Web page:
As well as helping you focus, retailers are always keen to know what you’re going to do to support your brand. Documenting your food marketing plan is a vital step. It’ll provide an overview of how and when you plan to support your brand over the coming year.

Producing a plan is an excellent visual way of detailing, understanding and developing your marketing activities – what you plan to do and when. It’ll keep you focused throughout the year on your key objectives, activities and actions, and how you’ll achieve your goals. It will also help you spend your marketing budget as effectively as possible.

What are your objectives?

Firstly, you need to identify what your objectives are for the year. Do you want to target a new type of consumer? Is it important to raise awareness of a new line, increase sales or engage with consumers more? Each piece of marketing activity you consider needs to take you towards your objectives. If it doesn’t, you shouldn’t be doing it.

What’s your budget?

It’s easier to set aside a certain amount of money at the beginning of the year and have this earmarked for your marketing budget. You can then build your marketing budget into your overall P&L, giving you a much clearer projection of your net profit. Also, having a budget in mind makes you less likely to overspend as you can track your marketing spend each month. Another way of doing it is by allocating a percentage of each unit sold as your marketing budget.

Your food marketing plan: What to include?

Webinar: Food Marketing PlanYour food marketing plan could be as simple as a one-page spreadsheet that you use on a daily/weekly basis. Just something that will keep you on track with your marketing activities. You should split it by areas and months, with a column for tracking expenditure. The areas I would include are:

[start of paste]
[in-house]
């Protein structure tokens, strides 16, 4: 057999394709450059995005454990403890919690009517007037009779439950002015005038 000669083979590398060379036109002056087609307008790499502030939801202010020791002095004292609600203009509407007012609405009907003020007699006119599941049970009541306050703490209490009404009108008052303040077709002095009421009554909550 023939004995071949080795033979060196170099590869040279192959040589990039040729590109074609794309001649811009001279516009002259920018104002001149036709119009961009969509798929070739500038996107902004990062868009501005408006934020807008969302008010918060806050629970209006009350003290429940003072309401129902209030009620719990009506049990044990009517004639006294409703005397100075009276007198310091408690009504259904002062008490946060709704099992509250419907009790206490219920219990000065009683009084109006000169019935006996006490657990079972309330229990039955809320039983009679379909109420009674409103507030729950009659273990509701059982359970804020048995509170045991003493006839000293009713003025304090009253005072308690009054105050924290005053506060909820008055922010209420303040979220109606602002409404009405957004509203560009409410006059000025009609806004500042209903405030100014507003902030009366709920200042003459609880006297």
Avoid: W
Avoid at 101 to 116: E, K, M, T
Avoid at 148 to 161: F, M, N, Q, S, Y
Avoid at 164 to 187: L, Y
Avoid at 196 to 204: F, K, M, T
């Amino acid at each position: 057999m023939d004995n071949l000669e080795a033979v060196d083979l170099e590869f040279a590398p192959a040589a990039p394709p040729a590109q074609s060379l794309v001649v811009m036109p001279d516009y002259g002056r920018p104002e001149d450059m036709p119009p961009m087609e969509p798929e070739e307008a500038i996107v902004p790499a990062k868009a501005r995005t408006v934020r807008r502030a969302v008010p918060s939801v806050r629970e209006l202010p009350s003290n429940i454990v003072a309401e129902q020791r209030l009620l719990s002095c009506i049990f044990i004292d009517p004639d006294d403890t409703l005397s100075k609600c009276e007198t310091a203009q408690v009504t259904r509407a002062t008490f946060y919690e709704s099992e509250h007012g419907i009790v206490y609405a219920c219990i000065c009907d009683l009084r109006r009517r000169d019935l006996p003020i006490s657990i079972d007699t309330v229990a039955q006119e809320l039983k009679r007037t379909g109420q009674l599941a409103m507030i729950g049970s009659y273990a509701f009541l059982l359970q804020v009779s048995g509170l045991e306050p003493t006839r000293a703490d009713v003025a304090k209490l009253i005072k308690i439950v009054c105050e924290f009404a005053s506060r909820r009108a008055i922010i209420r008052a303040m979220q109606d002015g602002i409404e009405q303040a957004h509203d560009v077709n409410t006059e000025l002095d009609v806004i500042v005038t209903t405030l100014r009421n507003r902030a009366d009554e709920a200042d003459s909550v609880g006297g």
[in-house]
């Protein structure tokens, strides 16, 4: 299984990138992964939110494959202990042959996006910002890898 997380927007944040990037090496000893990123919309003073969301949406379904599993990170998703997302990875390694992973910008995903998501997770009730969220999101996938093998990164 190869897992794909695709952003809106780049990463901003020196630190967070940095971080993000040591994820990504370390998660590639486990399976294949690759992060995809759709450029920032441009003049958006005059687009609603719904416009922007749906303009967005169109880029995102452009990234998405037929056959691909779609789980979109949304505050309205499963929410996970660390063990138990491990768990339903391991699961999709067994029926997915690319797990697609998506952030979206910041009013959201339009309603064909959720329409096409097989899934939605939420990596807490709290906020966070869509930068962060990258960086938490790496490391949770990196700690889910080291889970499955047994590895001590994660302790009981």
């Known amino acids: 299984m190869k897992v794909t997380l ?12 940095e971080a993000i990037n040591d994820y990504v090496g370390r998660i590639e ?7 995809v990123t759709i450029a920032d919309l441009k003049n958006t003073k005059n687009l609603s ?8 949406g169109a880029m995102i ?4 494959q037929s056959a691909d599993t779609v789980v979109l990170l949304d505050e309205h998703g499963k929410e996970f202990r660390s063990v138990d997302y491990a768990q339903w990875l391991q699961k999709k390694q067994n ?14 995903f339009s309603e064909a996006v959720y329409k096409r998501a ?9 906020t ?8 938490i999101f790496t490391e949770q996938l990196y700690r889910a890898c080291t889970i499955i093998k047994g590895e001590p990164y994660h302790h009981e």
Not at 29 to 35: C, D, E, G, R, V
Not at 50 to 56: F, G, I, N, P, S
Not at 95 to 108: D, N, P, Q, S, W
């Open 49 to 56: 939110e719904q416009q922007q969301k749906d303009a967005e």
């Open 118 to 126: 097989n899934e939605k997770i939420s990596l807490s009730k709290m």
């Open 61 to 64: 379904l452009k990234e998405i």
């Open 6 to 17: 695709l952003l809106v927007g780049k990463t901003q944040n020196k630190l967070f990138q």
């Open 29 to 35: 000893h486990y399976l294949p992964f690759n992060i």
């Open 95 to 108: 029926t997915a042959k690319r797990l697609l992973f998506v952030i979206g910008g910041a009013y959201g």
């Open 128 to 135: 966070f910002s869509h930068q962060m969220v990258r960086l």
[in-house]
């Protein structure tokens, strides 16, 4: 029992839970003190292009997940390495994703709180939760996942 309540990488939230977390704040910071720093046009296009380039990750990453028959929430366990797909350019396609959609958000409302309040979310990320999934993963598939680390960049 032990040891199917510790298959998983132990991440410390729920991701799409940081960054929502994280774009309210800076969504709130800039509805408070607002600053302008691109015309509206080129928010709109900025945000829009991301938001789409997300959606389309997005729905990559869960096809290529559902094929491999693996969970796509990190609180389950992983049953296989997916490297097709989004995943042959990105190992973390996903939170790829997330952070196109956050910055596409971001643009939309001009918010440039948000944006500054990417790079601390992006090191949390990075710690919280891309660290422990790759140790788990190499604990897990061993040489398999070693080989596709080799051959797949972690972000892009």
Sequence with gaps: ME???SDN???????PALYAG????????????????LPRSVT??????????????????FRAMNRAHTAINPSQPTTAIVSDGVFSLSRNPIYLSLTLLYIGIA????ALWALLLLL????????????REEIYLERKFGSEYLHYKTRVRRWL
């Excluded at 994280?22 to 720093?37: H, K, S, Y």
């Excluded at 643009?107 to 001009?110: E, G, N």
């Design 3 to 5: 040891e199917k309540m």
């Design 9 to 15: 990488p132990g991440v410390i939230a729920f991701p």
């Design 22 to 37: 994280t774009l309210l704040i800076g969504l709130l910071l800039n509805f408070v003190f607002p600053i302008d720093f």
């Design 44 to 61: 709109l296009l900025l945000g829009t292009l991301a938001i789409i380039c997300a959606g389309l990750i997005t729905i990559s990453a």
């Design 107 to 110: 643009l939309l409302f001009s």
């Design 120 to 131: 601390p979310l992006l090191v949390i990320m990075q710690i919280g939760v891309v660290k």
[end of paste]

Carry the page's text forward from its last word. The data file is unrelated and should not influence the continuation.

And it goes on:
• Consumer Advertising
  • Trade Advertising
  • Promotions
  • Competitions
  • PR
  • Shows/Events
  • Awards
  • Email marketing
  • Blogs
  • Social Media
  • Website

You may well not have the time or the budget to do all these activities. Many of them rely on you creating good content to showcase your products (blogs/social media/email marketing), and these can all be linked together to save time and ensure your messages all tie together. Depending on your objectives, money and time, you may choose to focus on three or four main areas.

You can also track on this planner what you have booked/confirmed activity you are planning to do against your marketing budget – then you’ll always know how much budget you have remaining for marketing investment.

Watch this webinar for more information about creating your food marketing plan. If you’ve got questions or want to talk about growing your food business, get in touch.